I love lazy Sunday afternoons, especially when it’s August in Texas, the Dallas Cowboys haven't kicked off the new season, and the weatherman insists I unwind on the couch and watch a little golf.
Recently, I found myself in exactly this situation. As you might imagine, the golf was not entirely occupying my attention, and I found myself catching up on new social media content. In particular, I was drawn to a thread on my B-school group page discussing the woes of building optimization models in Excel.
Someone suggested my old classmate review a series of videos in which the author walks through the process of building an optimization model using Excel’s Premium Solver. Given my background in prescriptive analytics, I could not resist watching a few myself.
Before I knew it, the golf tournament was over, 60Minutes had less than a half hour left, and I was more convinced than ever that not only is Enterprise Optimizer® more dynamic than Excel and other programming-based systems, it’s easier to use.
The Downfall of Excel's Premium Solver
Each video I watched was focused on solving a simple set of decision variables within a single functional silo. One model solved for product mix. Another solved for shipment volume between plants and warehouses, another solved for production volume within a plant, and yet another solved for optimal procurement mix.
None of the models were integrated despite the fact that these critical planning decisions are most certainly inter-related in the real-world. Worse yet, each video stepped through an incredibly arduous equation-building process and resulted in a one-trick pony that very few business decision makers would be able or have the time to comprehend.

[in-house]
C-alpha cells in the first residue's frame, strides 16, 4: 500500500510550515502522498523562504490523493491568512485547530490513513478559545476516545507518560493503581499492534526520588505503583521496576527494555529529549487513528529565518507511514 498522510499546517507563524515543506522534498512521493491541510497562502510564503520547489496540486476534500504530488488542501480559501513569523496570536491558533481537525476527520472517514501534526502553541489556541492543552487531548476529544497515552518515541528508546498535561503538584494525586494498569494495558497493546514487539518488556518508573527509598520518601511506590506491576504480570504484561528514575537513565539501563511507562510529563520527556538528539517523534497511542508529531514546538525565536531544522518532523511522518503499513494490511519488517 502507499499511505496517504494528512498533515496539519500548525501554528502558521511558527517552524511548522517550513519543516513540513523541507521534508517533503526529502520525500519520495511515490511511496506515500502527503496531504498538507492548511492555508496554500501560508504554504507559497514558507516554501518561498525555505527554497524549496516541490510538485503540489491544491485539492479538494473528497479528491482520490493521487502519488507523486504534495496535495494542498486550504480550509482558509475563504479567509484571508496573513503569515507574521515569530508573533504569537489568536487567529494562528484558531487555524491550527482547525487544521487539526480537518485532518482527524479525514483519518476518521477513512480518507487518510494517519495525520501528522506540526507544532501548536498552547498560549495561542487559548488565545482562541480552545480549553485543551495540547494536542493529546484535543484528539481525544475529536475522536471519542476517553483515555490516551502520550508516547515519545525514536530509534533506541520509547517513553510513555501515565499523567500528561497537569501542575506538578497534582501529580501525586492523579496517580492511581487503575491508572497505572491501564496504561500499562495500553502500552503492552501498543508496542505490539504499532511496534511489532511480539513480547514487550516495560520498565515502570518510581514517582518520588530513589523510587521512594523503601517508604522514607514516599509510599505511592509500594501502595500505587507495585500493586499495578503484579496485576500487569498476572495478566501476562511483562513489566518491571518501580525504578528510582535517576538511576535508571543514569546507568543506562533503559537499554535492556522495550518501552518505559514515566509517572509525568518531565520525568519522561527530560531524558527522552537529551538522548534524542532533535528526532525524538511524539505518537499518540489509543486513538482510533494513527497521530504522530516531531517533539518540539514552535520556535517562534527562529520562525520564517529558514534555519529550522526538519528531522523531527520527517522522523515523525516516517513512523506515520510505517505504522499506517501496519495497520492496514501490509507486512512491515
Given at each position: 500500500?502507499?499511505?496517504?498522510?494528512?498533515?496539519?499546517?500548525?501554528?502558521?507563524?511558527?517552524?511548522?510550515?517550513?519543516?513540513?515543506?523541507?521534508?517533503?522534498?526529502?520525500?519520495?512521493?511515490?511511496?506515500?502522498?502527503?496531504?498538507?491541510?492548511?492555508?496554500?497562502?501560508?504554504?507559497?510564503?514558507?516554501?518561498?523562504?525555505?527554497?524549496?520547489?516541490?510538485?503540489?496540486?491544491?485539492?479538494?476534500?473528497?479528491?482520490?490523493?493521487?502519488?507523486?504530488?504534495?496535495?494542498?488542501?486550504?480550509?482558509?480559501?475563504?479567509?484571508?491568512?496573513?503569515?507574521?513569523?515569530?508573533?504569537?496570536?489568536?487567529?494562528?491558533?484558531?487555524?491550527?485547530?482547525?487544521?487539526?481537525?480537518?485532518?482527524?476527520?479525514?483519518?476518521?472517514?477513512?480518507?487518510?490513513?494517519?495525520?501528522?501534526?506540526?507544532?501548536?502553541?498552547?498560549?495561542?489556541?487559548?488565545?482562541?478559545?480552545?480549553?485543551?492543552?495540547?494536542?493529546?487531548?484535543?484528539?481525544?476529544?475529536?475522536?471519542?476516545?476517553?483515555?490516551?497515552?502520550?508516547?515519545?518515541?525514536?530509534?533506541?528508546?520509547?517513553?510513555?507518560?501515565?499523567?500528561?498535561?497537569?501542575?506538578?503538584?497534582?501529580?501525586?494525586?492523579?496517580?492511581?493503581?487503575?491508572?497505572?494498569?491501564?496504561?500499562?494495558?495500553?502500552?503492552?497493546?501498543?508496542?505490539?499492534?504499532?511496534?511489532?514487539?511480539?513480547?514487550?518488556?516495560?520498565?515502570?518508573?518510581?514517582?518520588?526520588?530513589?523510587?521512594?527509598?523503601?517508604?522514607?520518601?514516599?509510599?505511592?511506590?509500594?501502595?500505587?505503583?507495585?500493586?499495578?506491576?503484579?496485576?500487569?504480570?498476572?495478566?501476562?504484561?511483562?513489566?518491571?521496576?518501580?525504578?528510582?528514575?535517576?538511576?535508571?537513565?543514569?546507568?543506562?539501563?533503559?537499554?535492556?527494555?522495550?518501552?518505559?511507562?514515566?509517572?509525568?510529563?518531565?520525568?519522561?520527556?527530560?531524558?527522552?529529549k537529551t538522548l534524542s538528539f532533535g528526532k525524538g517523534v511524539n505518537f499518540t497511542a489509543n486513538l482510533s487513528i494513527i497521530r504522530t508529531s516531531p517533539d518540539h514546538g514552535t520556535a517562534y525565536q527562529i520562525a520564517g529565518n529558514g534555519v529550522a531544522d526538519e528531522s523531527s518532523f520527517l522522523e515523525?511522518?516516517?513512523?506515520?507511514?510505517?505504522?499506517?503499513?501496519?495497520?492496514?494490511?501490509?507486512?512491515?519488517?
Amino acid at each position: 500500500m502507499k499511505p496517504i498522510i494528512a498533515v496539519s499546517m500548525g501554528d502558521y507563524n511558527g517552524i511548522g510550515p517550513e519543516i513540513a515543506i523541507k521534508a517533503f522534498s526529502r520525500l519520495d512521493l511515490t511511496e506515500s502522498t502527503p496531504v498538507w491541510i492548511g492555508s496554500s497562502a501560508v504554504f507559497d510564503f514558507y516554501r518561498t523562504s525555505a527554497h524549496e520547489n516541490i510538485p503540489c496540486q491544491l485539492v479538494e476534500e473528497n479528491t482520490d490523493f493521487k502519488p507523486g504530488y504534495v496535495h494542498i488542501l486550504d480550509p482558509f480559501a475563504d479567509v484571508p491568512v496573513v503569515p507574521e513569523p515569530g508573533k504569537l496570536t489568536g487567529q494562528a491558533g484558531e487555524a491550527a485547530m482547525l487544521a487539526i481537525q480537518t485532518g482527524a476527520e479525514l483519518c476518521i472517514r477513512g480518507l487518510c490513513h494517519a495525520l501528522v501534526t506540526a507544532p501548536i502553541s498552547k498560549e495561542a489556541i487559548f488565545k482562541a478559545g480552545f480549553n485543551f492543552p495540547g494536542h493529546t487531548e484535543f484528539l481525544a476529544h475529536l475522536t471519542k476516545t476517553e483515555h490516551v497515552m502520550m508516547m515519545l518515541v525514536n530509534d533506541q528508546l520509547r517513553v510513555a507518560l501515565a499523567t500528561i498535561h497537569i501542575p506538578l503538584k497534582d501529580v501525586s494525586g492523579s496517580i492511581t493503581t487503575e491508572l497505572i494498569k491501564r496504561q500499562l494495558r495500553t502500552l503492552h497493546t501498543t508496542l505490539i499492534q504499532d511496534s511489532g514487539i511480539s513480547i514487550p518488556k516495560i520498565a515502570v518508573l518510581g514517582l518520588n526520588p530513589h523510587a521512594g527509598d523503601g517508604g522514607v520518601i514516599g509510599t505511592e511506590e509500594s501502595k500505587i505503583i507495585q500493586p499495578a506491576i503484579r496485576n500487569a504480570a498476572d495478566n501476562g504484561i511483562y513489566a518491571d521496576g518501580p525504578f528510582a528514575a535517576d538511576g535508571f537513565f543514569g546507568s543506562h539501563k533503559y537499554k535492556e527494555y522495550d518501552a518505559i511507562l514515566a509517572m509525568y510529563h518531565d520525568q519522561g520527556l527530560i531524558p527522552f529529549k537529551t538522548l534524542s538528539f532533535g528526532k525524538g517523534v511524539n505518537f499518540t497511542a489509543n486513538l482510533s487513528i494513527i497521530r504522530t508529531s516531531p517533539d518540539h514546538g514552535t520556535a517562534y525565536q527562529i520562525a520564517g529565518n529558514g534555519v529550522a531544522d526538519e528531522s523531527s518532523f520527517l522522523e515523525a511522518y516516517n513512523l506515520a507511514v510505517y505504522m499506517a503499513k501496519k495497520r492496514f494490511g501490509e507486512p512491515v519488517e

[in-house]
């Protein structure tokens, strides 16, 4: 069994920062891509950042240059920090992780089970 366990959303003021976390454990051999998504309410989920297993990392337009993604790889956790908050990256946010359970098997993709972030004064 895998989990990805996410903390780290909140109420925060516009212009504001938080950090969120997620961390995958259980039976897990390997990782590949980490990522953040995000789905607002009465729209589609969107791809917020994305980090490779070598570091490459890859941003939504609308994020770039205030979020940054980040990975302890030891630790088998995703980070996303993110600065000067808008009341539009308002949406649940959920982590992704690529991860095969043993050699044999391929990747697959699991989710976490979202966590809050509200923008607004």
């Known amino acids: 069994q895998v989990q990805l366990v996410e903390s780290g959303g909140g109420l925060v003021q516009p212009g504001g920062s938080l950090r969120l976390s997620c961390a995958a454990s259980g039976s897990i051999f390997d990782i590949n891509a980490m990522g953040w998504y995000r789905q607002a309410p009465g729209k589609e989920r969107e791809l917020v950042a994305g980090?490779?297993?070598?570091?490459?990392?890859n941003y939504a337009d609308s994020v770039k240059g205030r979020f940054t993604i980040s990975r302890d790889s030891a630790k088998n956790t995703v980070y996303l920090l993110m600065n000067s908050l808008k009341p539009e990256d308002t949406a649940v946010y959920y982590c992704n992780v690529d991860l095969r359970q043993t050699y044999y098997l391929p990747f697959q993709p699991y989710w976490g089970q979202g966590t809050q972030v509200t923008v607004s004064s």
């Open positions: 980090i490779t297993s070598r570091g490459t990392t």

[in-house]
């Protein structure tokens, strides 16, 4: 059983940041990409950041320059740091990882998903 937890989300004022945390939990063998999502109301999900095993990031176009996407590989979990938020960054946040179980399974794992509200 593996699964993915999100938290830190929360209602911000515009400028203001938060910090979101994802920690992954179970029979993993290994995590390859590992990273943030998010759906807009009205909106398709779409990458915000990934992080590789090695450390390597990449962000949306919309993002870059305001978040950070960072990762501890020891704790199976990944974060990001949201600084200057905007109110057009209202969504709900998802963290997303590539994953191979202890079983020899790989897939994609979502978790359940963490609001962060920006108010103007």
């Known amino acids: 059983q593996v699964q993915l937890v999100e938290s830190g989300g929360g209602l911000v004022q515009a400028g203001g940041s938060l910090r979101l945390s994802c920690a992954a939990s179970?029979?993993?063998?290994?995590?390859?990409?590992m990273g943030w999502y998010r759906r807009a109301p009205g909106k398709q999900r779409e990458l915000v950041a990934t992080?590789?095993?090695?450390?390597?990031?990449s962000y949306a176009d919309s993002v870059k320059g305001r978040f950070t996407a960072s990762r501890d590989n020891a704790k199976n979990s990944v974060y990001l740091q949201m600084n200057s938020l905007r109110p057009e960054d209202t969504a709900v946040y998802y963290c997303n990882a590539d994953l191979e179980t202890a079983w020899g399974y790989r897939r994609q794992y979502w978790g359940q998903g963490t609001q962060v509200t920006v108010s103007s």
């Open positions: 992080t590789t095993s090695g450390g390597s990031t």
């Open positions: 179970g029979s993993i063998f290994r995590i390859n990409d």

Most poignant was the fact that all of these examples took at least twelve minutes to build. I couldn’t help but consider:
- How long would a real-world model used to optimize one of these silo-based decisions take to build?
- How would the modeler communicate the equation-based rationale to key decision makers?
- How valid would the results be (e.g. optimal product mix) without accounting for all the inter-related constraints and marginal economic impacts?
Business Optimization Modeling Example
Enterprise Optimizer Does More than Excel ... in Half the Time
The model simultaneously optimizes a series of inter-related planning decisions:
- Product Mix – How much of which products to sell into each customer segment/market?
- Order Allocation – How much of each product to produce on each reactor?
- Procurement – How much of each material to purchase from each vendor?
Not only does the model solve for each set of decision variables simultaneously, the planned level of combinations are dynamically translated into a full set of audit-quality financials for the firm, and a proprietary solution output metric used to quantify the marginal economic value of binding constraints in true business terms.
Could it get any better, you ask? It does! I was able to use Enterprise Optimizer® drag-and-drop visual modeling language to build, populate, and solve the entire model in five minutes without writing a single equation!
And for even more information on the benefits of EO, you can download our Optimization product comparison below.